Today's piece is part one of a two-part article. Ironically, part one was written about a month ago before certain events happened which I'll share in part two next week.
This is the time of year - when I make sure we have a large supply of Tums close by - seems to offer food choices I love, but sometimes don't love me back. That's OK. Sometimes the good things in life cause a little pain, and at this time of year we turn to some of my lifetime favorite Lenten "Meatless Friday" dishes that used to be regulars on our table every Friday growing up. They contain a more than ample measure of acidic ingredients, and combined with things like my age, and my metabolism, that makes for some interesting feelings afterward.
I'm not a huge seafood fan. I love fried Haddock and Cod, but haven't eaten fried fish for years. I'll sometimes eat broiled fish, but that's kind of blah. I'll eat crab, but I don't miss it if I don't have it. I don't think lobster has much taste at all, so I'm certainly not going to shell out (pun intended) the enormous cost of that if I don't care for it. I like shrimp, but don't like to have to peel my own. I don't eat fried shrimp either. I like scallops, but they don't fill me up. I love clams, but sometimes they get the best of me, and if I order them as one of my Lenten meals, it's usually in a red sauce (and has to be only over linguini) which causes me to sing out, "Tum, Ta Tum Tum."
For some reason, Ash Wednesday, another meatless day for us, usually kicks off Lent with Spaghetti and Tuna Fish. Many people turn their heads when they hear this, but I say, "Try it, you'll like it." (By the way, about 20 years ago on our way back from a baseball coaches' clinic, we stopped at an Italian restaurant in Butler, Pa., and on their menu was spaghetti and tuna Fish, and it was about 98 percent as good as Sally's and Mom's. Does this help me get off the "chicken salad" hook a bit, Sally?) Unfortunately though, it's cooked and served in a red sauce as well. "Tum, Ta Tum Tum!"
One Friday during Lent usually has us visiting our parish's annual fish fry, just because we like to support the church and its events if we can. We usually order the broiled fish and get a break from the "heartburn attack" that accompanies some of our other menu selections, especially at this time of year. It's nice to have that week off to give my system a break from the heat, so to speak, but don't get me wrong, I love the taste of the saucy foods we put on the table. Like I said, often times they talk back to me. I'll keep eating them though, and the music will keep playing, "Tum, Ta Tum Tum."
Now, back to our menu. One of the staples of the Lenten Season for us is Pasta Lendicci ... pronounced "len dee' key" in our house, which is pasta (and I'm a fanatic about it being shell macaroni) with lentils in, what else, a red sauce which Sally seasons to taste just like my mom used to make. Top it, as all of these dishes can be topped, with a little parmesan cheese and you're one happy camper during that meal. As with many of these entrees, if you use Prilosec, it's better to take it as your appetizer before the main course. Even with that, I'm sure the band will be encoring, "Tum, Ta Tum Tum."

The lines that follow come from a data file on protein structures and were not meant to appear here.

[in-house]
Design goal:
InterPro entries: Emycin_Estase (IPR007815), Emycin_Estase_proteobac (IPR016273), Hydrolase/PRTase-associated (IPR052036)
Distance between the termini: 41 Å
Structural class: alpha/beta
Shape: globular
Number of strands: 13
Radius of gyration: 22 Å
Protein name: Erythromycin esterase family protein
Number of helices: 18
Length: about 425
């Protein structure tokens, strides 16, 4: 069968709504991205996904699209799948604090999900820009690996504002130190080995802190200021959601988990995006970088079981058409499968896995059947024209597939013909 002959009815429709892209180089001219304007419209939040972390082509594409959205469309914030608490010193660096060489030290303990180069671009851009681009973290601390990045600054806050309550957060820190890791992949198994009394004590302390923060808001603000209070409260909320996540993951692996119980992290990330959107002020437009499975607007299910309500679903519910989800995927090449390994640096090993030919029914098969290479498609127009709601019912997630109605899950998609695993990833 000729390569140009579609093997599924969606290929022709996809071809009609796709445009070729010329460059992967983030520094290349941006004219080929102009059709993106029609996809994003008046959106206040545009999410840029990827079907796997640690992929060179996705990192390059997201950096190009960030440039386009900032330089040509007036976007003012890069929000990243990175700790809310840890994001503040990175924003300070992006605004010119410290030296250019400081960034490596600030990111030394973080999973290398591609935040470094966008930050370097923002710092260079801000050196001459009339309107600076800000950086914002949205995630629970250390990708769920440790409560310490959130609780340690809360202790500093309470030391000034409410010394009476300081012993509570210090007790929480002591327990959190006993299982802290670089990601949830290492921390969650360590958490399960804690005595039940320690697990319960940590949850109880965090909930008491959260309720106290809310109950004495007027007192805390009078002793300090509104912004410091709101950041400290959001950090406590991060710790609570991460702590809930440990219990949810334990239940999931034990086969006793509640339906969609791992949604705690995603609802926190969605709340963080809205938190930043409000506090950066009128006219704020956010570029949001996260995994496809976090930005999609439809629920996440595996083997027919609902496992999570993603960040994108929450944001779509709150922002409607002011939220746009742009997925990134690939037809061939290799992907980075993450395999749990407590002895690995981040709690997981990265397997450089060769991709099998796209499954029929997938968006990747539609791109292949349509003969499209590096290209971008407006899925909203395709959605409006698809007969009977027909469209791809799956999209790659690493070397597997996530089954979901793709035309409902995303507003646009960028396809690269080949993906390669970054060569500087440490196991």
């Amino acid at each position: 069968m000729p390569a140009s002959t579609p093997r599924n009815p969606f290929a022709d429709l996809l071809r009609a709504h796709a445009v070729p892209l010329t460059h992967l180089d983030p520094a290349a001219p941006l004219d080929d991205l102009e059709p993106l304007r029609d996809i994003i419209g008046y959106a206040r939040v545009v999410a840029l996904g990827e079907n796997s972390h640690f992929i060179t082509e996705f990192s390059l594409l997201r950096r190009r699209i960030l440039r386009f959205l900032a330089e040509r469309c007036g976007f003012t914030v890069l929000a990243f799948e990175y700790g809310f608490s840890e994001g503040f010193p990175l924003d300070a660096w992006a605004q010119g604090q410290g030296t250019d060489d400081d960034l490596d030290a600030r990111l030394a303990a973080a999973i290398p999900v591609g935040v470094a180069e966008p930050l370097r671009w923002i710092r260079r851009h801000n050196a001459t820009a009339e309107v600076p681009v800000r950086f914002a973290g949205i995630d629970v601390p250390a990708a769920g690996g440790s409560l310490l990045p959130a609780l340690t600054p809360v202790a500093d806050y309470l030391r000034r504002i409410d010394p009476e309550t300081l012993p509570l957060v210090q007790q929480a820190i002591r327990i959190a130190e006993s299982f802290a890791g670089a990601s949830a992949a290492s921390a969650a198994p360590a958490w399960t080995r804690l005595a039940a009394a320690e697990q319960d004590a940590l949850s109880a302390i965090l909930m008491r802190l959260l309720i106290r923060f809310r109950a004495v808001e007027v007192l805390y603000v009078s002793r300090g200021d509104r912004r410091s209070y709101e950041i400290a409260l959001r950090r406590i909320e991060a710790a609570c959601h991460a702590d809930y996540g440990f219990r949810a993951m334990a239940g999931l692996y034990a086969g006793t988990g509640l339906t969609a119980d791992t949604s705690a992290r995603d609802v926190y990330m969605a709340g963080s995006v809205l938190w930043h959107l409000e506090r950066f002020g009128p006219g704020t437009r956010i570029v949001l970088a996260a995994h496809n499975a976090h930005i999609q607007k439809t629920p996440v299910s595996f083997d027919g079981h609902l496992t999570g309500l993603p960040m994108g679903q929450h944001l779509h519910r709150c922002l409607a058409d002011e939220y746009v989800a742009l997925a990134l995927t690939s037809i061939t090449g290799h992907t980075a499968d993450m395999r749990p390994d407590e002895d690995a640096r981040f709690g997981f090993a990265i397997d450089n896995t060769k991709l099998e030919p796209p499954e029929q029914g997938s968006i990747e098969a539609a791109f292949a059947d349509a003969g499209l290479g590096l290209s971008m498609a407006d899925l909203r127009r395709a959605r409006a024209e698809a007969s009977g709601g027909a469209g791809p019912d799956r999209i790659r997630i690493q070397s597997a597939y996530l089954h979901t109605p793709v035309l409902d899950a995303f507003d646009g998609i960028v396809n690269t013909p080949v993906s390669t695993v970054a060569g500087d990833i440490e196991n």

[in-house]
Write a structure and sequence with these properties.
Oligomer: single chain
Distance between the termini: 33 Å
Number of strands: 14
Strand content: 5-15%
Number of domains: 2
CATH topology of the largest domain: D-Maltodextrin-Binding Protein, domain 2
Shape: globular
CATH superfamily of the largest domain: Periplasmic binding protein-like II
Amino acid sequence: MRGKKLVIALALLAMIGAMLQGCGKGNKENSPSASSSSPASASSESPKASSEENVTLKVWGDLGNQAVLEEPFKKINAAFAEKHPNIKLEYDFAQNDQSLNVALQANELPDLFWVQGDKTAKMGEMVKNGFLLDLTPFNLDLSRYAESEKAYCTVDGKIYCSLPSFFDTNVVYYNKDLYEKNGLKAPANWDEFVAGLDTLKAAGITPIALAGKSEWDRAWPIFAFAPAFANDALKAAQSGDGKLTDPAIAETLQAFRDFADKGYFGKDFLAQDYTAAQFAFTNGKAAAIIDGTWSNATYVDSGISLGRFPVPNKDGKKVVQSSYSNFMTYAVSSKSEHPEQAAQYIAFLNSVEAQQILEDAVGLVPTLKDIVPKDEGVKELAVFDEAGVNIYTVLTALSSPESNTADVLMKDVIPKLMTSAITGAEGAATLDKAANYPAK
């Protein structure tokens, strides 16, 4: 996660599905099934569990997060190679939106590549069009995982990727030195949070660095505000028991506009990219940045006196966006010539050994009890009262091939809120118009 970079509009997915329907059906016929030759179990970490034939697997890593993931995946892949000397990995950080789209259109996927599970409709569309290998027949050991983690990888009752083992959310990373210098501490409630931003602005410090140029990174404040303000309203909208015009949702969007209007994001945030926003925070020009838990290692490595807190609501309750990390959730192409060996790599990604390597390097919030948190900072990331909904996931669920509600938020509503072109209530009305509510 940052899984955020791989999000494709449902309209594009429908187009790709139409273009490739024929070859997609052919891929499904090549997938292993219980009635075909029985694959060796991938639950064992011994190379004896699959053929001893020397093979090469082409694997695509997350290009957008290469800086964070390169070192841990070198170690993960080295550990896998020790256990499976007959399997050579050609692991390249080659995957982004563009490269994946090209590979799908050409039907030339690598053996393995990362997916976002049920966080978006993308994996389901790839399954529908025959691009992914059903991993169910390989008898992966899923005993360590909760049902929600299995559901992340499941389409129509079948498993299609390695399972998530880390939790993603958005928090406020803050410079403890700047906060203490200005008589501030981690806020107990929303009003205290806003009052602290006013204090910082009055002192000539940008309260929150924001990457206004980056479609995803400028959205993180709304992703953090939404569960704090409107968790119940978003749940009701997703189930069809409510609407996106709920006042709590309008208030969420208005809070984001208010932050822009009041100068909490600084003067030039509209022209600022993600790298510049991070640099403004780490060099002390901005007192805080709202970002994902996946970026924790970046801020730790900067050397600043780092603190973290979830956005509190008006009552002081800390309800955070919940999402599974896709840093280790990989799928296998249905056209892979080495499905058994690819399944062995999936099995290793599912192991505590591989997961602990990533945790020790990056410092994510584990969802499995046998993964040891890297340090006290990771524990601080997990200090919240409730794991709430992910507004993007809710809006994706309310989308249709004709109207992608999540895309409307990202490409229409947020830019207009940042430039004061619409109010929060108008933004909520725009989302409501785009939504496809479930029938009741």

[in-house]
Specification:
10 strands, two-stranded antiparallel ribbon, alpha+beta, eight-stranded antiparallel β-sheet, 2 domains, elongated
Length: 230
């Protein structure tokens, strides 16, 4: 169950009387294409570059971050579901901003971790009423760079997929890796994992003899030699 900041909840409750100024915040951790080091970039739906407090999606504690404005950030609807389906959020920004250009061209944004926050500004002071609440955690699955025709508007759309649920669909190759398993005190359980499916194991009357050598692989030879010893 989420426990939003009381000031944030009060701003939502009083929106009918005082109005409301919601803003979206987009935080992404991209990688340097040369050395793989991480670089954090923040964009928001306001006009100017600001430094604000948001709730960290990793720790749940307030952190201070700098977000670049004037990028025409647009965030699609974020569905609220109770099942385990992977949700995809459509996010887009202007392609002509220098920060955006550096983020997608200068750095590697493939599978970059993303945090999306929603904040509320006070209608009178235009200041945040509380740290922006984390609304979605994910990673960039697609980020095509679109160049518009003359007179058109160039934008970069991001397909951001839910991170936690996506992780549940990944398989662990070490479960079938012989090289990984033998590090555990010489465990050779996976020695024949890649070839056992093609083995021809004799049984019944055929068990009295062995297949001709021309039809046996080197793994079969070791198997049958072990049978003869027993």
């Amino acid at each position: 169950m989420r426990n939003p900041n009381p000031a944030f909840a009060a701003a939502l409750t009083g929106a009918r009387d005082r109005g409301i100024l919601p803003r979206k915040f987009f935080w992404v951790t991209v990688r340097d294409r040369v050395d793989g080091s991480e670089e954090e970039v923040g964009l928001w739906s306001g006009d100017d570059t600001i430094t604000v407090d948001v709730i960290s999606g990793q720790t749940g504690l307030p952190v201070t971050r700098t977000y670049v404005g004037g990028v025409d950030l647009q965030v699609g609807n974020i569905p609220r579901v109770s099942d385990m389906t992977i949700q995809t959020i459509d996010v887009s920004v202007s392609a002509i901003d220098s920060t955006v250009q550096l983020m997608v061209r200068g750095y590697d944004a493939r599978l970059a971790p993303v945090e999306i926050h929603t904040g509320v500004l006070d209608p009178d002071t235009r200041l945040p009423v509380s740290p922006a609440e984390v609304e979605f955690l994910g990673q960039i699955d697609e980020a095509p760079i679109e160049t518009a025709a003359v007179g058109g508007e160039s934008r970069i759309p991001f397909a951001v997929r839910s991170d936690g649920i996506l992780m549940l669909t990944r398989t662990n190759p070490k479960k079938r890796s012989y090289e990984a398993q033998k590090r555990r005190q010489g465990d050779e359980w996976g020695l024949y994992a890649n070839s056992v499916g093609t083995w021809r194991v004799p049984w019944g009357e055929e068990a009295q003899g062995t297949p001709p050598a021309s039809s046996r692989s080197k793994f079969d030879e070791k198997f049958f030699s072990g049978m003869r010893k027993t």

I already mentioned the linguini with clam sauce, and Sally sometimes also whips up her wonderful eggplant parmesan, made by baking, not frying, the breaded eggplant, then using a light mozzarella cheese and sauce, sometimes in each layer, or sometimes just on top, and topping it with the sauce and a sprinkling of parmesan cheese. Sometimes she'll skip the mozzarella all together and just go the sauce and parmesan route. Either way, it's always delicious.
Every once in a while, if the Tums are running low, we'll break out the much milder, but equally tasty, tuna noodle casserole, with mushroom soup. My mom used to crush potato chips and sprinkle them on top before putting the casserole in the over. Sally has improvised using Ritz crackers, which are a little better for you than potato chips, but hey, after looking at many of these entrees and discussing Tums and Prilosec, it seems silly to be talking about what might be good for you at this point. Mac and cheese (homemade, not Kraft) is also another favorite of many people, though I try not to do too much with a lot of cheese, hence the different amounts possibly used in the eggplant dish.
Another simple and tasty dish we often have, and not just during Lent, is pasta and broccoli, or pasta and cauliflower (sometimes both). I'm picciunni, and it's pronounced "pi key u' ney" about what types of pasta is used with each meal. For this dish, I like the small elbows, or spaghetti, or ziti/penne is OK too.
Some of these dishes we enjoy throughout the entire year, not just during Lent, but the ones like spaghetti and tuna fish, and Pasta Lendicci, and for the most part, linguini and clam sauce, are more traditional (for us) during Lent in keeping with our Ash Wednesday/Fridays abstinence from meat. When I was growing up, and we didn't eat meat on any Friday, these were staple dishes weekly. I think that helped the creativity of different types of dishes and experimentation with different recipes. In any rate, I sure do enjoy all of these dishes at this time of year. And this is on top of a couple of St. Joseph Table Spaghetti Dinners and two monthly spaghetti dinners at a club I belong to, creating another chorus of "Tum, Ta Tum Tum."
There's one glitch though. Opening day for the Indians usually takes place on a Friday (this season, coincidentally, next Friday) each year, and almost every year that Friday is during Lent. Unfortunately, spaghetti and tuna fish, linguini and clam sauce, and eggplant parmesan aren't on the concession stand menu at Progressive Field, and since the All-American food at ballgames comes on a roll, I guess I'll have to bring my own food and try Pasta Lendicci on a bun at this year's game. "Yum, Ya Yum Yum!"